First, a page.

Alumna Connie Jo Hepworth-Woolston: the arts, education and community

November 15 2019

By Emeri Fetzer 

In her 28 years as head of East High School's dance program, School of Dance alumna Connie Jo (CJ) Hepworth-Woolston had abundant occasions to witness firsthand the joy and meaning the arts can bring to education.

First introduced to dance in its many forms (ballet, modern, and tap) by her high school drama teacher, Hepworth-Woolston was hooked at an early age. At 15, she began teaching for Salt Lake County Recreation. She took the job seriously, organizing fully staged performances so her students could gain real world experience.  She searched JC Penney for the perfect patterns for hand-sewn costumes. These community shows were the first in a long line of productions in which she would have an integral hand.

Earning two modern dance degrees from the University of Utah's College of Fine Arts (BFA 1958; MFA 1967), Hepworth-Woolston was well prepared both to perform and to teach dance to students of all ages. When a dance teaching position opened up at East High School that was promptly filled by an unqualified candidate, she fought hard to have the superintendent reconsider the hire.IMG 1877Photo: Busath Photography

“I had my education in dance from the University of Utah, which was such a strong program. I just felt I should be teaching dance.” 

She only briefly left East to pursue her master’s degree around the same time Shirley Ririe and Joan Woodbury were leaving the University of Utah to start their company, Ririe Woodbury Dance Company. Hepworth-Woolston performed with Ririe Woodbury in its earliest years and taught classes in the U’s dance department.  But her heart never left East High School and she soon returned.

The blend of student mentorship, freedm to design curriculum, and opportunites to choreograph made for the ideal environment for Hepworth-Woolston. “I got to be my own boss at East. I taught the students the parts of dance history I thought were most relevant to them, I taught them meditation and relaxation during test week, techniques I had learned from Anne Halprin (postmodern dance pioneer). I taught them Israeli folk dance...” she said.  

She choreographed “The Pajama Game,” “The King and I,” “Oklahoma,” “Bye Bye Birdie,” “Once Upon a Mattress,” “Finian’s Rainbow,” and was selected by Pioneer Theatre Company to design and choreograph their bicentennial production.

Truly a force for dance in the Salt Lake community, she served on the Utah Arts Council for six years, acting as chair for two. During that time, the city renovated what we now know as Abravanel Hall, and Hepworth-Woolston planned the outdoor ceremony for the opening of the new venue. Careful to be inclusive of the community at large, and to let music take center stage, she had a brass rendition of “Fanfare For The Common Man” ring out to the public.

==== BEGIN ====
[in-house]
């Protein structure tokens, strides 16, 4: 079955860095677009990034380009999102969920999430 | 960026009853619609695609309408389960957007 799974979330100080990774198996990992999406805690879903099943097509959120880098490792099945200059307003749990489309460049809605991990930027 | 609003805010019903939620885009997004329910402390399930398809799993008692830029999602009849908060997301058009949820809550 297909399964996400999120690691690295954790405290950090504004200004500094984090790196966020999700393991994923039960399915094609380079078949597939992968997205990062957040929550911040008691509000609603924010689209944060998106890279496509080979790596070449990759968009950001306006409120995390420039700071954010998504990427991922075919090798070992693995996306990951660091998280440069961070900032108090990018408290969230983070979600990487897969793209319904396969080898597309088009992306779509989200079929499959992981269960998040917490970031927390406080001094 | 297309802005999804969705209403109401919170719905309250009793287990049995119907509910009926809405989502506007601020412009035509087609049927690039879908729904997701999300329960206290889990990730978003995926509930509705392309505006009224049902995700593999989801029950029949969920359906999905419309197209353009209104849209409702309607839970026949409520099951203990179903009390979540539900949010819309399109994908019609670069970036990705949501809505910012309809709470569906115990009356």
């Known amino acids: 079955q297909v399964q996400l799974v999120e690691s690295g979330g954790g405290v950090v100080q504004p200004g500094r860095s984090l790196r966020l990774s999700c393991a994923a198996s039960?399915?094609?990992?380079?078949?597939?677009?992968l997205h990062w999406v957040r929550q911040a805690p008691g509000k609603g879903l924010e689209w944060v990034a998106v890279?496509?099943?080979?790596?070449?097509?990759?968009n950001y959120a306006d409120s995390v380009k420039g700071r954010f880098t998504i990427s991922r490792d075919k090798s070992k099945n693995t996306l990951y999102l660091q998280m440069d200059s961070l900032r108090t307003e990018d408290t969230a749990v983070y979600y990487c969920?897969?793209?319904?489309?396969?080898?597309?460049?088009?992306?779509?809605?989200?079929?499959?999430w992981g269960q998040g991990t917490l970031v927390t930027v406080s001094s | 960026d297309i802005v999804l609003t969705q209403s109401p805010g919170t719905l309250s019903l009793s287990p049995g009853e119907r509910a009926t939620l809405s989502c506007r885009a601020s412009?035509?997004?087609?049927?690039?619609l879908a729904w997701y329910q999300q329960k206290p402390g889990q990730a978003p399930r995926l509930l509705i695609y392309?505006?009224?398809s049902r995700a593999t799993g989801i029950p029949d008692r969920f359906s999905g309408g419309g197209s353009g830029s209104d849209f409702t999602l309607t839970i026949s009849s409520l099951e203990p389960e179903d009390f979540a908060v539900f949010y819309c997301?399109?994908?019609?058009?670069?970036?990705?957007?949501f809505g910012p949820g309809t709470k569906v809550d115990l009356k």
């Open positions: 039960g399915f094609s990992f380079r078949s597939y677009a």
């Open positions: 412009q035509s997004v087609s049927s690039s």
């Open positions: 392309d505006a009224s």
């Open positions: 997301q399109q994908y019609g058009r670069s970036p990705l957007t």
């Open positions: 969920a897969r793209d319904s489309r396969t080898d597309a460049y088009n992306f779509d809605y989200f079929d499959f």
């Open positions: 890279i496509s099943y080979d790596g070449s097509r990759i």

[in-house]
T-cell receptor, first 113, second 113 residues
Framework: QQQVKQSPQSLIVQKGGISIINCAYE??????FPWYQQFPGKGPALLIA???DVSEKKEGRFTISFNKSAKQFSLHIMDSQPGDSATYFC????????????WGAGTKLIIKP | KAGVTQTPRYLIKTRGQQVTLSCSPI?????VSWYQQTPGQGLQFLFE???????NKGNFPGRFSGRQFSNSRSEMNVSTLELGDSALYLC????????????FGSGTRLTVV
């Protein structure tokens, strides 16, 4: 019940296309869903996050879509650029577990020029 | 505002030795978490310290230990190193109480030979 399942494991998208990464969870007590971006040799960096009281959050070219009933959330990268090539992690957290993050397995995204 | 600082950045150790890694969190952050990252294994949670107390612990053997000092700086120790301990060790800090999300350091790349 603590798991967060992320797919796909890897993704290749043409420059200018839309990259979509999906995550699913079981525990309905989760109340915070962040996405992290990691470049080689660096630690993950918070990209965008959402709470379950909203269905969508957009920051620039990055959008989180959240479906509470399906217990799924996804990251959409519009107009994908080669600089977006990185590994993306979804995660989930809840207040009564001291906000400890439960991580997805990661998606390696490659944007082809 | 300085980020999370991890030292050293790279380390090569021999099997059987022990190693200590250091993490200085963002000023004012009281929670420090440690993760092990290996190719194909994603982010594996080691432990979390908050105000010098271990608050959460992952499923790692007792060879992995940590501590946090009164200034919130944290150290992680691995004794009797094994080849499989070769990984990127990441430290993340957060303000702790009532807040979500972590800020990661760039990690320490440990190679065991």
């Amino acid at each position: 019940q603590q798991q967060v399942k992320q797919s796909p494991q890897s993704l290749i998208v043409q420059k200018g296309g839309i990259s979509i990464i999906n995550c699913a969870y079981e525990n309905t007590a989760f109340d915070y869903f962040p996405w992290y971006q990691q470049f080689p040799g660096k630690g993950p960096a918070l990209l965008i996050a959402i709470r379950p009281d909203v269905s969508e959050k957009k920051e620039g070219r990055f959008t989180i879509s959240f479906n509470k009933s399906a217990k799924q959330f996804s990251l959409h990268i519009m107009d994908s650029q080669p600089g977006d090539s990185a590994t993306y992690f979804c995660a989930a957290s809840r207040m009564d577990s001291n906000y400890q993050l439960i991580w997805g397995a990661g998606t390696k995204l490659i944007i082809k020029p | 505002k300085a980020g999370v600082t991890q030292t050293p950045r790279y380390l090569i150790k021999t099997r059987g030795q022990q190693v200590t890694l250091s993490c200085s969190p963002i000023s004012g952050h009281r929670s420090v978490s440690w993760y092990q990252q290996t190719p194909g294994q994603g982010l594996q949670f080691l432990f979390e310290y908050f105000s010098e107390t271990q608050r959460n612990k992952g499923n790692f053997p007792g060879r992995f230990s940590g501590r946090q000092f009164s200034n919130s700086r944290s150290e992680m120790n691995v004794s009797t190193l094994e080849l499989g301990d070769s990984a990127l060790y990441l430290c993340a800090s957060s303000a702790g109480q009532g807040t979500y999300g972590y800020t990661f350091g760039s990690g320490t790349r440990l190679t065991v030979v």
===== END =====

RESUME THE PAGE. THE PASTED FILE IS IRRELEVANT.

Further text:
“I wanted even little older ladies in tennis shoes to be able to come to the ribbon cutting,” she said. “So many people came they lined up on all the stairways…It was one of my favorite things I ever did.”Screen Shot 2019 11 15 at 11.21.42 AMConnie Jo Hepworth-Woolston and Cynthia Jones

When she was invited by revered choreographers Alwin Nikolai and Murray Louis to be on the team for an inaugural Artists in Schools program, she jumped at the chance. As one of the first teachers to bring dance to schools across America, she taught in 18 states, applying dance to a broad range of academic subjects, from the water cycle to the use of the comma.

In one particularly fond memory, Hepworth-Woolston was tasked to work with a group of kids in Alabama who had been deemed “hyperactive” by their classroom teacher.

“I had them run first, and then I asked them to freeze, to not even move their eyeballs,” she explained. “It was so amazing. Pretty soon, these beautiful statues started to melt. They learned they could hold really still -- even with someone in front of them making faces, even with their friends laughing, they could be in control.”

When their teacher saw them calmly lying on the floor, she was amazed.

Because of her unwavering conviction that “the arts are healing,” Hepworth-Woolston continues to provide wider access to the arts in Utah and across the country. She is delighted to watch the University of Utah continue to train world-class arts educators who will carry on this important work. 

“Letting students see themselves in a whole new way, it’s so exciting! I want to do it again.”

The School of Music is honoring Connie Jo and her late husband, Loel Hepworth, with a 2019 Camerata Award on Friday, November 22, 2019.
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